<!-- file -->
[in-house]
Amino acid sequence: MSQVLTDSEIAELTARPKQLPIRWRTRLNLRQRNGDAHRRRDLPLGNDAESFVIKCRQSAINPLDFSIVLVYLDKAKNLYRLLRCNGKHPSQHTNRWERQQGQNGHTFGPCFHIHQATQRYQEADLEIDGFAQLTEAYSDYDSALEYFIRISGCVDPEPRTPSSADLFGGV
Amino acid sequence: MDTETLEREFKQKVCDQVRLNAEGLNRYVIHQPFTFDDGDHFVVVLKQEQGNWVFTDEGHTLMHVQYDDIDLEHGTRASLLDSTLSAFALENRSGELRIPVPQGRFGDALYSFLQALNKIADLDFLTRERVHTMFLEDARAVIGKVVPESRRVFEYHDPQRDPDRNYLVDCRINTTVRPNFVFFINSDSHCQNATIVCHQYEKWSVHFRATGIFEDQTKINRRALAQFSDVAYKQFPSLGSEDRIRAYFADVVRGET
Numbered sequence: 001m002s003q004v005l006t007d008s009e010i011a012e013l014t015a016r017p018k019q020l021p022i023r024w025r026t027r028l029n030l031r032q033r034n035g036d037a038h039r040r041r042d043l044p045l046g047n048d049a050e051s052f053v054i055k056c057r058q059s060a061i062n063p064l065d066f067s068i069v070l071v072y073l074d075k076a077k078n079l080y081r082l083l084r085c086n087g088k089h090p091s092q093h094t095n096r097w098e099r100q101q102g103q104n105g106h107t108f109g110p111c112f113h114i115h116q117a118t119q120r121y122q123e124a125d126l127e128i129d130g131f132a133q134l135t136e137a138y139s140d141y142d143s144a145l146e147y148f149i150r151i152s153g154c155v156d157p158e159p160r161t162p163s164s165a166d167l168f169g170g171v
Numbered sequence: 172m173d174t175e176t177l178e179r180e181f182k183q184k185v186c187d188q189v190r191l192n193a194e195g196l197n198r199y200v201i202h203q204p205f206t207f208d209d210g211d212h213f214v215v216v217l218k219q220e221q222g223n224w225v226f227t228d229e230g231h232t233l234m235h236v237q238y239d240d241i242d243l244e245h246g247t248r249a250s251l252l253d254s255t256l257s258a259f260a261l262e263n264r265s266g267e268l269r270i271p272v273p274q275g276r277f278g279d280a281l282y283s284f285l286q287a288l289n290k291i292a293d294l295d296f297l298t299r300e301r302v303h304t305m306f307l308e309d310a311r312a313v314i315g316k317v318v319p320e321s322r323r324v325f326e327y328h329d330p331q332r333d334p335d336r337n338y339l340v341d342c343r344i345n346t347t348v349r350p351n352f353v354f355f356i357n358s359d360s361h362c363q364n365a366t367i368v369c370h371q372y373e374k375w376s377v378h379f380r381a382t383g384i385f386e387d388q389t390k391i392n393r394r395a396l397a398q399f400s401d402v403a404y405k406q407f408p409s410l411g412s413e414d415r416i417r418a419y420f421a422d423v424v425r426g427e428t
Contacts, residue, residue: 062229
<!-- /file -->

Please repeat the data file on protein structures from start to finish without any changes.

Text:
[in-house]
Amino acid sequence: MSQVLTDSEIAELTARPKQLPIRWRTRLNLRQRNGDAHRRRDLPLGNDAESFVIKCRQSAINPLDFSIVLVYLDKAKNLYRLLRCNGKHPSQHTNRWERQQGQNGHTFGPCFHIHQATQRYQEADLEIDGFAQLTEAYSDYDSALEYFIRISGCVDPEPRTPSSADLFGGV
Amino acid sequence: MDTETLEREFKQKVCDQVRLNAEGLNRYVIHQPFTFDDGDHFVVVLKQEQGNWVFTDEGHTLMHVQYDDIDLEHGTRASLLDSTLSAFALENRSGELRIPVPQGRFGDALYSFLQALNKIADLDFLTRERVHTMFLEDARAVIGKVVPESRRVFEYHDPQRDPDRNYLVDCRINTTVRPNFVFFINSDSHCQNATIVCHQYEKWSVHFRATGIFEDQTKINRRALAQFSDVAYKQFPSLGSEDRIRAYFADVVRGET
Numbered sequence: 001m002s003q004v005l006t007d008s009e010i011a012e013l014t015a016r017p018k019q020l021p022i023r024w025r026t027r028l029n030l031r032q033r034n035g036d037a038h039r040r041r042d043l044p045l046g047n048d049a050e051s052f053v054i055k056c057r058q059s060a061i062n063p064l065d066f067s068i069v070l071v072y073l074d075k076a077k078n079l080y081r082l083l084r085c086n087g088k089h090p091s092q093h094t095n096r097w098e099r100q101q102g103q104n105g106h107t108f109g110p111c112f113h114i115h116q117a118t119q120r121y122q123e124a125d126l127e128i129d130g131f132a133q134l135t136e137a138y139s140d141y142d143s144a145l146e147y148f149i150r151i152s153g154c155v156d157p158e159p160r161t162p163s164s165a166d167l168f169g170g171v
Numbered sequence: 172m173d174t175e176t177l178e179r180e181f182k183q184k185v186c187d188q189v190r191l192n193a194e195g196l197n198r199y200v201i202h203q204p205f206t207f208d209d210g211d212h213f214v215v216v217l218k219q220e221q222g223n224w225v226f227t228d229e230g231h232t233l234m235h236v237q238y239d240d241i242d243l244e245h246g247t248r249a250s251l252l253d254s255t256l257s258a259f260a261l262e263n264r265s266g267e268l269r270i271p272v273p274q275g276r277f278g279d280a281l282y283s284f285l286q287a288l289n290k291i292a293d294l295d296f297l298t299r300e301r302v303h304t305m306f307l308e309d310a311r312a313v314i315g316k317v318v319p320e321s322r323r324v325f326e327y328h329d330p331q332r333d334p335d336r337n338y339l340v341d342c343r344i345n346t347t348v349r350p351n352f353v354f355f356i357n358s359d360s361h362c363q364n365a366t367i368v369c370h371q372y373e374k375w376s377v378h379f380r381a382t383g384i385f386e387d388q389t390k391i392n393r394r395a396l397a398q399f400s401d402v403a404y405k406q407f408p409s410l411g412s413e414d415r416i417r418a419y420f421a422d423v424v425r426g427e428t
Contacts, residue, residue: 062229